Screenshot: Wolfenstein II: The New Colossus/Bethesda Softworks

Every Friday, A.V. Club staffers kick off our weekly open thread for the discussion of gaming plans and recent gaming glories, but of course, the real action is down in the comments, where we invite you to answer our eternal question: What Are You Playing This Weekend?


Wolfenstein II: The New Colossus

I’ve been spending all my time playing Pokémon Silver on the 3DS, which is still really freakin’ great, and a game I’m not allowed to talk about yet, so I’m going to pull the same trick as last week and talk about an upcoming game I was lucky enough to sample recently. At the same event in which I saw Doom on Switch, I got to play a decent-sized chunk of Wolfenstein II: The New Colossus. This particular demo had me tearing through the streets of a Nazi-infested New Orleans searching for a resistance leader with the deliciously Southern fried name of Horton Boone.

Besides being way tougher than I was expecting (fun fact: I’m absolutely terrible at playing games in these weird context-free demo situations), I was struck by the more open-ended nature of the level and game as a whole. The demo gifted us with three special items that give you more options for how you approach encounters—a gadget that augments BJ’s dash and lets him splatter enemies or bust through weak walls, a steampunk girdle that shrinks the bulky dude down and lets him crawl through vents and pipes, a pair of instantly deployed stilts (described to me as “literally stilts”) to help you pop over cover and reach high ledges. You’ll be much further along in the game by the time you’ve unlocked all three, I was told, but with the full complement in hand, it felt almost like the smallest bit of Deus Ex’s flexibility had crept its way into Wolfenstein, and it was a nifty change.

The mission culminated in one of the most well-orchestrated cutscenes I’ve ever seen, a heated argument between BJ and Boone that’s choreographed to a cacophonous soundtrack of noise rock, diegetic jazz clarinet, and gunfire. It’s surreal and tense and incredibly evocative, and I can’t wait to see what else Machine Games has up its sleeve. [Matt Gerardi]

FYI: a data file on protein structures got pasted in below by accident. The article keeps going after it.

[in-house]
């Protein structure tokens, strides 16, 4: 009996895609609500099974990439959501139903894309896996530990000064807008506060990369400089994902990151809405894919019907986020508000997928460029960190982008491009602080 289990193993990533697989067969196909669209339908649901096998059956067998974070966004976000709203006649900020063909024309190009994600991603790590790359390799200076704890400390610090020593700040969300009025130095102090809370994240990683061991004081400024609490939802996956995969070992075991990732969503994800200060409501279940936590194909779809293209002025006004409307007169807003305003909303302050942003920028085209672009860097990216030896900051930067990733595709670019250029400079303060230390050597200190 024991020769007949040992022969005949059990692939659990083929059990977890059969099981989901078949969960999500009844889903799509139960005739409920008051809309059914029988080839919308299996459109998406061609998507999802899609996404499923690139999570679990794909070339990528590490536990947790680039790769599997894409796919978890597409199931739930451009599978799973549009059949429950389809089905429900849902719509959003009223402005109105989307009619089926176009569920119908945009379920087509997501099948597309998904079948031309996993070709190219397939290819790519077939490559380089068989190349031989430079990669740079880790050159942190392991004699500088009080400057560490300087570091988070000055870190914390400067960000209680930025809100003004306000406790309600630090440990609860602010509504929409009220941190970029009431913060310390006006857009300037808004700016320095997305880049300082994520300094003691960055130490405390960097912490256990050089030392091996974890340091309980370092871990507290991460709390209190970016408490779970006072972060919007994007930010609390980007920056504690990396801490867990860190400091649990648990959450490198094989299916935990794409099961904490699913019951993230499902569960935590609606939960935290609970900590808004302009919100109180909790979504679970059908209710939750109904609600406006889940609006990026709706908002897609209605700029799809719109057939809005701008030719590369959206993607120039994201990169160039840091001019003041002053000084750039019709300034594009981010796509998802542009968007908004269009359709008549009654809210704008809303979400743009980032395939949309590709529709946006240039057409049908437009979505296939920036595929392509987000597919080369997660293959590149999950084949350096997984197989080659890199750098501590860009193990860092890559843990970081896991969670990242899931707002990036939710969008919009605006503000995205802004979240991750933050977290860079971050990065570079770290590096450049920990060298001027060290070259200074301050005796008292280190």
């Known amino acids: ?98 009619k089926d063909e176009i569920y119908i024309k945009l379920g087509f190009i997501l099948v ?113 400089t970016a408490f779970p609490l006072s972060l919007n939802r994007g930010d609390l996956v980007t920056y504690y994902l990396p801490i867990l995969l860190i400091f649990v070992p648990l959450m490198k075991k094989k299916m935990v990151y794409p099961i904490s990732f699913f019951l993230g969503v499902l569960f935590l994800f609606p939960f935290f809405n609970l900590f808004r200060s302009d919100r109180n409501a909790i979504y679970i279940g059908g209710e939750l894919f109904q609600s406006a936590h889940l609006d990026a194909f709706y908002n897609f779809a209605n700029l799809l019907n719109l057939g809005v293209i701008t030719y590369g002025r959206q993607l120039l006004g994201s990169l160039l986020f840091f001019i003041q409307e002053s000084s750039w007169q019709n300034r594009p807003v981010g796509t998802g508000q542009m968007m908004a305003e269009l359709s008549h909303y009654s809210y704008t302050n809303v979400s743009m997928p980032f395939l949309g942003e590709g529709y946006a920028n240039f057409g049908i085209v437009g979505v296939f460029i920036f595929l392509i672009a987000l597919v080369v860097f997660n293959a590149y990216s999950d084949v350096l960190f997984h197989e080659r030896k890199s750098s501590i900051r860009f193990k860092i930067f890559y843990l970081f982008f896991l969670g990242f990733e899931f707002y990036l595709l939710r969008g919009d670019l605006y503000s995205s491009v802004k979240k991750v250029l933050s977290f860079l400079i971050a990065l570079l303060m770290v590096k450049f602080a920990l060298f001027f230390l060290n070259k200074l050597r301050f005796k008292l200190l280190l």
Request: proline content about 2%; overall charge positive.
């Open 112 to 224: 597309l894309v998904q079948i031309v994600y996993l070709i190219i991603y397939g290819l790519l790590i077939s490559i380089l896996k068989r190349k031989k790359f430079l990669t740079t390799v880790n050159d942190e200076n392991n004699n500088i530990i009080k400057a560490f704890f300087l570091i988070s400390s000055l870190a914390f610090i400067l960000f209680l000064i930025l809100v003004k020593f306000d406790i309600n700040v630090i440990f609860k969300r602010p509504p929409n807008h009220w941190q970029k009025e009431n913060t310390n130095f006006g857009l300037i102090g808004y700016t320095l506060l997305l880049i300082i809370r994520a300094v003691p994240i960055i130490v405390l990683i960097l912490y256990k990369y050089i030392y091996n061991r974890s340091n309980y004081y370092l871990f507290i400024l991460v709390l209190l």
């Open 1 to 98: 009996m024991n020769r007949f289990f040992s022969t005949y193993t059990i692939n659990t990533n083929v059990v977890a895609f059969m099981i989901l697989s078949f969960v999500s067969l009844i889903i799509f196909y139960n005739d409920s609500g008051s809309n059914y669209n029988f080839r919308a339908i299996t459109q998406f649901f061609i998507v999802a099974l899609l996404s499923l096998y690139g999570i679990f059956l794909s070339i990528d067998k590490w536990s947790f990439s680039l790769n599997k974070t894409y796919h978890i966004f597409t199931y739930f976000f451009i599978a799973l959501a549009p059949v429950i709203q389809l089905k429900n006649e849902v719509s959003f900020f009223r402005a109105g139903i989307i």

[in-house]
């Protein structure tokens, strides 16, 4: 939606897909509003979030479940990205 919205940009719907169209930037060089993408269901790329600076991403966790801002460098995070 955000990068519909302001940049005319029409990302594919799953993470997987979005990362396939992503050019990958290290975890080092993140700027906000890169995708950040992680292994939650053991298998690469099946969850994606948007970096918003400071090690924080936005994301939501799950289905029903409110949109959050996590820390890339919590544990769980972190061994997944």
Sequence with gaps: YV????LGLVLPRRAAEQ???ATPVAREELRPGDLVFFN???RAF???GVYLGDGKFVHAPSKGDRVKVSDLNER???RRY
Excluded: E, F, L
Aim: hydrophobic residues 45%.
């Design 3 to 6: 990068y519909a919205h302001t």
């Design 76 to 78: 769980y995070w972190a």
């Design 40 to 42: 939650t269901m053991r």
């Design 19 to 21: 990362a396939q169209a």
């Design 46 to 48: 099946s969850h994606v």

Heat Signature

I’m a long-time admirer of former PC Gamer editor turned game designer Tom Francis, a guy who’s made an art form out of finding the most insane possible solutions to problems that crop up in popular games. (Here’s a recent write-up he did about trying to pull his team members out of a deadly situation in XCOM 2; needless to say, it involves intentionally blowing up his own extraction point with grenades.) The brilliant thing about Francis’ games—specifically his 2013 stealth-building-rewiring game Gunpoint, and Heat Signature, which came out last week—is that they essentially force you to become as crazy as he is, improvising bizarre strategy after bizarre strategy to keep yourself alive.

Heat Signature is especially great at this, thanks to the vast arsenal of tools it drops in the player’s lap. A top-down stealth game about infiltrating guard-filled spaceships, it plays a little bit like Hotline Miami, if Hotline Miami let you teleport through walls, turn sentry guns on their owners, and kick people through forcefields and into the cold embrace of space. It’s a game sold on the strength of the stories it generates, so I’ll cut the chatter and give you one of mine: Desperate and out of resources, I found myself surrounded by 30 guards on a hostile ship with nothing but a grenade launcher, a personal shield, and the unconscious guy I was rescuing at my side. Spotting a window, I fire up the shield, pop off a grenade, grab the kid, and wait to see what’ll happen first: My shield running out, or the grenade going off. I get lucky, and the device detonates, shattering the window and sucking me and my target into space, along with a couple of quickly asphyxiating guards. Remote controlling my ship, I scoop us both up out of the void, drop him off at a safe space station, and promptly retire, my character having officially scored enough excitement for a single lifetime. [William Hughes]

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